The UN body said the failure was "prolonging the pandemic" and described continent’s virus situation as "more worrying than we have seen in several months”.

    "Vaccines present our best way out of this pandemic,” said the WHO director for Europe Hans Kluge.

    “However, the rollout of these vaccines is unacceptably slow.

    “We must speed up the process by ramping up manufacturing, reducing barriers to administering vaccines, and using every single vial we have in stock, now.”

  • Katie Davis

    MORE THAN A MILLION BRITS PLAGUED BY LONG COVID

    They thought their coronavirus illness would last just a few days – but more than one million Brits are plagued by long Covid weeks and months after their infection, new statistics show.

    The condition leaves people with persistent symptoms months after they had the coronavirus, including fatigue, muscle aches and hair loss.

    Doctors are still working out how to cure “long haulers” problems, which can make life miserable and leave people off work.

    The Office for National Statistics has been measuring the scale of long Covid in the UK.

    It said an estimated 1.1 million people in private households in the UK had “long Covid” in the four weeks to March 6.

  • John Hall

    WALES TO EASE COVID RESTRICTIONS CAREFULLY

    Wales First Minister Mark Drakeford said the Welsh Government would continue its "careful, step-by-step approach" to lifting the restrictions.

    "I do now want to look further ahead, to the next review cycle – at the end of April – and into May, to help us all plan for the future," he told the Welsh Government briefing.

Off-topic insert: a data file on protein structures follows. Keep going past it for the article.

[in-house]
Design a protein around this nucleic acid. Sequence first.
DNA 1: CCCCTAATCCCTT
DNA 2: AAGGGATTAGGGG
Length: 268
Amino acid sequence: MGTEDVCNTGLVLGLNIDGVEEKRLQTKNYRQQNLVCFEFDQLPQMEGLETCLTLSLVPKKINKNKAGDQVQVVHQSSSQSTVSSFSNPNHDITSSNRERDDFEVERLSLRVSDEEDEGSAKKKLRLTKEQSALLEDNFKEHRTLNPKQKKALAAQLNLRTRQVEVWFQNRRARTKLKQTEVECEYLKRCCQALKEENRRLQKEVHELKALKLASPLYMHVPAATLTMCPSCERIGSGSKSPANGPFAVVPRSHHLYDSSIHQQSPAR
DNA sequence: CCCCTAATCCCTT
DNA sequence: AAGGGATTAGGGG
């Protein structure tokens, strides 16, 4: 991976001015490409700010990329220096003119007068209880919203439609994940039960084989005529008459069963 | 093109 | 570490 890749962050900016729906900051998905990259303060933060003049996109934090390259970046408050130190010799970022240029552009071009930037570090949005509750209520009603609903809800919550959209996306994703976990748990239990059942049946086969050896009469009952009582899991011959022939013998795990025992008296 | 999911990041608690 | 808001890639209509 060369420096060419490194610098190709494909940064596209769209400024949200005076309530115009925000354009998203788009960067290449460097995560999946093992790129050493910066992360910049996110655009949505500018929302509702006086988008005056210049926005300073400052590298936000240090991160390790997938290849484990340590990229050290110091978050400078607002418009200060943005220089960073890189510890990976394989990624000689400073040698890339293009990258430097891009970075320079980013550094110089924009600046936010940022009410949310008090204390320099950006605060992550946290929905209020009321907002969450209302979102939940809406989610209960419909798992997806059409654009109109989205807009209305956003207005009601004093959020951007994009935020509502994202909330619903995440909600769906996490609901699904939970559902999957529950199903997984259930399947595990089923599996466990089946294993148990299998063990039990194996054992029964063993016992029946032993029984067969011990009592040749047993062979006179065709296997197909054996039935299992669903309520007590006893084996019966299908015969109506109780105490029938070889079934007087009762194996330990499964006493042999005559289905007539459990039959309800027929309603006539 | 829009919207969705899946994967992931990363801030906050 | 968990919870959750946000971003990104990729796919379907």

"All of these dates are provisional and are, of course, subject to the public health situation at the time.

    "We are dealing with a very different virus this time. It is fast-moving and unpredictable. I want to be able to carry on with this programme of unlocking restrictions."

  • John Hall

    MORE THAN HALF OF ADULTS IN WALES HAVE RECEIVED A COVID JAB

    Wales First Minister Mark Drakeford has told the Welsh Government briefing that 57% of adults in the country have received their first dose of the Covid-19 vaccine.

    He said almost one in five have received their second jab.

    "Take-up is excellent – in over half the groups the count is more than 90%," Mr Drakeford said.

  • John Hall

    FUEL PRICES RETURN TO PRE-PANDEMIC LEVELS AHEAD OF EASTER WEEKEND

    Rising fuel prices have reached pre-pandemic levels, hitting drivers venturing out on the roads over Easter.

    The average cost of a litre of petrol and diesel at UK forecourts is £1.25 and £1.29 respectively, according to Government figures analysed by the PA news agency.

    Pump prices have not been that high since February 2020.

    The increase comes as coronavirus restrictions were eased across the UK this week.

  • John Hall

    BORIS JOHNSON SAID VACCINE PASSPORTS WILL BE NEEDED

    Prime Minister Boris Johnson has said vaccine certification has a role to play in the future.

    Speaking at a B&Q in Middlesbrough, Mr Johnson said: "There's definitely going to be a world in which international travel will use vaccine passports.

    "You can see already that other countries, the aviation industry, are interested in this and there's a logic to that.

    "I think when it comes to trying to make sure that we give maximum confidence to businesses and customers in the UK, there are three things – there's immunity whether you have had it before so you have natural antibodies, whether you have been vaccinated, and of course whether you have had a test."

  • John Hall

    LOCK THERAPY

    Exercising before work, not having to rush and tucking into a leisurely breakfast are among the things Brits will miss the most when their morning routines return to normal.

    A study of 2,000 adults found four in 10 feel the pandemic and the lockdowns have given them more time in the mornings.